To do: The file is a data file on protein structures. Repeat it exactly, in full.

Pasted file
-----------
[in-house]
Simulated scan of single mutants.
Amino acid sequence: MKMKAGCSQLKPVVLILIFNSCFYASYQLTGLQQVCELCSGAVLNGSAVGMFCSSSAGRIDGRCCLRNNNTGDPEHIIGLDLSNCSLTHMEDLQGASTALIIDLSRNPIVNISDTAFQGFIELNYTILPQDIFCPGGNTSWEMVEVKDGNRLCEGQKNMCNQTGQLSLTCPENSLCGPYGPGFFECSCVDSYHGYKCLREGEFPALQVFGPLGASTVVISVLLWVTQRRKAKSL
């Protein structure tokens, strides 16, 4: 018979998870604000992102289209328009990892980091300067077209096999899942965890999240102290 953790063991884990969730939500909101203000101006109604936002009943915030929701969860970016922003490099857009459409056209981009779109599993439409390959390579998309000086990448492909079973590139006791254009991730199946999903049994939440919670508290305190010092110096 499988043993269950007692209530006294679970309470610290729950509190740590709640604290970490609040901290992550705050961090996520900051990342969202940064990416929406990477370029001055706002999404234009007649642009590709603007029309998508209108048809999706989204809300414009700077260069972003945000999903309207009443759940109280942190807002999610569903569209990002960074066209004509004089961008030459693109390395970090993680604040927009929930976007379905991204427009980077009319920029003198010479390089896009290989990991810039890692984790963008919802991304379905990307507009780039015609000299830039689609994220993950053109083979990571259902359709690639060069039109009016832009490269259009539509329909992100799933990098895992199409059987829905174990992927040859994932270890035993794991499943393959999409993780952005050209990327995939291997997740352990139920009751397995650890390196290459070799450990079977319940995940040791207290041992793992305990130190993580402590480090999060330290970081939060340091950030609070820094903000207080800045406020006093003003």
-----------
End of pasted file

[in-house]
Simulated scan of single mutants.
Amino acid sequence: MKMKAGCSQLKPVVLILIFNSCFYASYQLTGLQQVCELCSGAVLNGSAVGMFCSSSAGRIDGRCCLRNNNTGDPEHIIGLDLSNCSLTHMEDLQGASTALIIDLSRNPIVNISDTAFQGFIELNYTILPQDIFCPGGNTSWEMVEVKDGNRLCEGQKNMCNQTGQLSLTCPENSLCGPYGPGFFECSCVDSYHGYKCLREGEFPALQVFGPLGASTVVISVLLWVTQRRKAKSL
């Protein structure tokens, strides 16, 4: 018979998870604000992102289209328009990892980091300067077209096999899942965890999240102290 953790063991884990969730939500909101203000101006109604936002009943915030929701969860970016922003490099857009459409056209981009779109599993439409390959390579998309000086990448492909079973590139006791254009991730199946999903049994939440919670508290305190010092110096 499988043993269950007692209530006294679970309470610290729950509190740590709640604290970490609040901290992550705050961090996520900051990342969202940064990416929406990477370029001055706002999404234009007649642009590709603007029309998508209108048809999706989204809300414009700077260069972003945000999903309207009443759940109280942190807002999610569903569209990002960074066209004509004089961008030459693109390395970090993680604040927009929930976007379905991204427009980077009319920029003198010479390089896009290989990991810039890692984790963008919802991304379905990307507009780039015609000299830039689609994220993950053109083979990571259902359709690639060069039109009016832009490269259009539509329909992100799933990098895992199409059987829905174990992927040859994932270890035993794991499943393959999409993780952005050209990327995939291997997740352990139920009751397995650890390196290459070799450990079977319940995940040791207290041992793992305990130190993580402590480090999060330290970081939060340091950030609070820094903000207080800045406020006093003003």